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FAA: Controller was on phone during Hudson River crash

Federal aviation officials say the conduct of two air traffic controllers was unacceptable, even though it probably had nothing to do with a deadly in-flight collision over the Hudson River.

Emergency workers are seen looking for debris in the Hudson River Saturday, Aug. 8, 2009, after a small plane collided with a tour helicopter carrying about a half-dozen people sending debris into the river and onto the New Jersey waterfront. (AP Photo/Robert Mecea)

WASHINGTON (AP) - Federal aviation officials say the conduct of two air traffic controllers was unacceptable, even though it probably had nothing to do with a deadly in-flight collision over the Hudson River.

The Federal Aviation Administration says in a statement that a controller at Teterboro Airport in New Jersey and his supervisor have been placed on administrative leave. The FAA says the controller was on a personal phone call and the supervisor was out of the building.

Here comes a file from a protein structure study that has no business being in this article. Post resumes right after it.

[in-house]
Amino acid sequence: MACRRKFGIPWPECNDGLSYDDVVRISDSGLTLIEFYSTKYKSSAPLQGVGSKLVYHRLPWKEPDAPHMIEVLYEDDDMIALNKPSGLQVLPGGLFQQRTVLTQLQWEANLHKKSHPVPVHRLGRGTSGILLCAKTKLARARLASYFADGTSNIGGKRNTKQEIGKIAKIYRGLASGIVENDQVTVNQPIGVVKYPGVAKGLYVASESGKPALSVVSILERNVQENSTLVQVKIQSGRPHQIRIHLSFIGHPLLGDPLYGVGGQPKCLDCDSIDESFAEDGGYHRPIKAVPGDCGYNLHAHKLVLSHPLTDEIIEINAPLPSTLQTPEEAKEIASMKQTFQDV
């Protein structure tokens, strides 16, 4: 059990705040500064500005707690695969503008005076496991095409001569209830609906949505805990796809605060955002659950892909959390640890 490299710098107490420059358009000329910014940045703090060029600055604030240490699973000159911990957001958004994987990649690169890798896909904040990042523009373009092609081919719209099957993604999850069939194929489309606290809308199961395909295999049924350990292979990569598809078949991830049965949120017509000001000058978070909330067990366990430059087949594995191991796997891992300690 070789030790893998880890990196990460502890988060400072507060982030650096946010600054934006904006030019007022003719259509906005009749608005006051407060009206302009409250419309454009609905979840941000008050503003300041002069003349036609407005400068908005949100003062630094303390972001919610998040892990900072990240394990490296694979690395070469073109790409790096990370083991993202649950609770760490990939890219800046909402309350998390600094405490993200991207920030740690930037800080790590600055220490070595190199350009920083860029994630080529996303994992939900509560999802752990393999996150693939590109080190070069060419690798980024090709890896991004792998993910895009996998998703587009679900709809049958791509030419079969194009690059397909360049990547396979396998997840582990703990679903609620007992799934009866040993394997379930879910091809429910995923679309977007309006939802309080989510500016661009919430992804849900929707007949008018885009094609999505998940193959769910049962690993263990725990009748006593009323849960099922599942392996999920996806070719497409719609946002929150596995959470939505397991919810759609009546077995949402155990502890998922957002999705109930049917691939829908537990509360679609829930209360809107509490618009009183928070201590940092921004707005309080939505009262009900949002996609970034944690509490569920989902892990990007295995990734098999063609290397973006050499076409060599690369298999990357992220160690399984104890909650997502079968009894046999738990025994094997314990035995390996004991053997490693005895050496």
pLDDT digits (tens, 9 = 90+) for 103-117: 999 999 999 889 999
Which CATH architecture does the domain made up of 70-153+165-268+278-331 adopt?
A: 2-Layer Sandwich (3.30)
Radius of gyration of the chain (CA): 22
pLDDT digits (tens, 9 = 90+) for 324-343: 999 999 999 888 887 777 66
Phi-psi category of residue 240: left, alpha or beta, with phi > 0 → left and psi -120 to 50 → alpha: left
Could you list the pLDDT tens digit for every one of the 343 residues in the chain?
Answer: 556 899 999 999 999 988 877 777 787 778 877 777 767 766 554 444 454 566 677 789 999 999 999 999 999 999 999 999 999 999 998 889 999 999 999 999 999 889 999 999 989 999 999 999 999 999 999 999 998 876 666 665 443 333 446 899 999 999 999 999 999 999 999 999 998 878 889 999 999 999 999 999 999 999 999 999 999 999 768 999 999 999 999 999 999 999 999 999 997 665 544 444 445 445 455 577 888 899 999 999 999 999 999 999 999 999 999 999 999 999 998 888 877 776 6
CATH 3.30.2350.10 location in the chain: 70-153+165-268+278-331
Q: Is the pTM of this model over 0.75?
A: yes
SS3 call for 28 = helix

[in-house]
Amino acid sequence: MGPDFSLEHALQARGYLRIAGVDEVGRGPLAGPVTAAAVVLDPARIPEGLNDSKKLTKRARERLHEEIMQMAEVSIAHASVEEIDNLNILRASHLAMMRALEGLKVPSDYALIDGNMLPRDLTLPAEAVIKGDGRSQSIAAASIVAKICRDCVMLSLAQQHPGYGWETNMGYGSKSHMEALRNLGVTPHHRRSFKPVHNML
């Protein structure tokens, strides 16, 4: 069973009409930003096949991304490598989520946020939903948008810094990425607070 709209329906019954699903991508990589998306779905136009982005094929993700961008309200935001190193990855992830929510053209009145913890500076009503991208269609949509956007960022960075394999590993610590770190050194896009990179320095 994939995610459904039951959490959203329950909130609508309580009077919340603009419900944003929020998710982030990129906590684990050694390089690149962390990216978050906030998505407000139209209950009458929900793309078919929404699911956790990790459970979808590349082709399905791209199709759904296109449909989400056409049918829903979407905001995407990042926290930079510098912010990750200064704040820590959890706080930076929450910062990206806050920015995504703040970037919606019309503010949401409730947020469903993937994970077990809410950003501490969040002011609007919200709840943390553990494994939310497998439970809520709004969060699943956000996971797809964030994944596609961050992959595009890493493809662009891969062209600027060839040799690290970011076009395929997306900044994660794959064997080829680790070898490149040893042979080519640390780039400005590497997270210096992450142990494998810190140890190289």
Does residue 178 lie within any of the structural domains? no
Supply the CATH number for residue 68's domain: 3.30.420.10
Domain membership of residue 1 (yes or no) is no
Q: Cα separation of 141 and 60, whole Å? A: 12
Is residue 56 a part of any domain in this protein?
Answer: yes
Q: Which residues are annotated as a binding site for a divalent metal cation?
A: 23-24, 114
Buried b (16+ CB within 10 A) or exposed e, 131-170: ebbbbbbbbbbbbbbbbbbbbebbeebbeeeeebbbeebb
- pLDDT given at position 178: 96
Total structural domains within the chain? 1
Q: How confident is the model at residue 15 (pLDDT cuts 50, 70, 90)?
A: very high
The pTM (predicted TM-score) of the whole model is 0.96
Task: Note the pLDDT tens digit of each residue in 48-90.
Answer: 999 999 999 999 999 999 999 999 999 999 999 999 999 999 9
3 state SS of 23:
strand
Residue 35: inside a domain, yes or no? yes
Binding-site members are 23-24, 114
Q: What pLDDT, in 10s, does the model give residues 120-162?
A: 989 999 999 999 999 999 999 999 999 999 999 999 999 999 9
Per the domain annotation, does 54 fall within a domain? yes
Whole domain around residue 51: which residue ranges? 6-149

Air traffic controllers are expected to be alert at all times while on duty and typically are given about a 15-minute break roughly every two hours for that reason.

The FAA's action came as an amateur video of the crash surfaced. The video shows a single-engine plane apparently climbing and turning as it clips a tour helicopter's rotor blades, shearing off the plane's wing. Both aircraft fall toward the water.

Nine people died.


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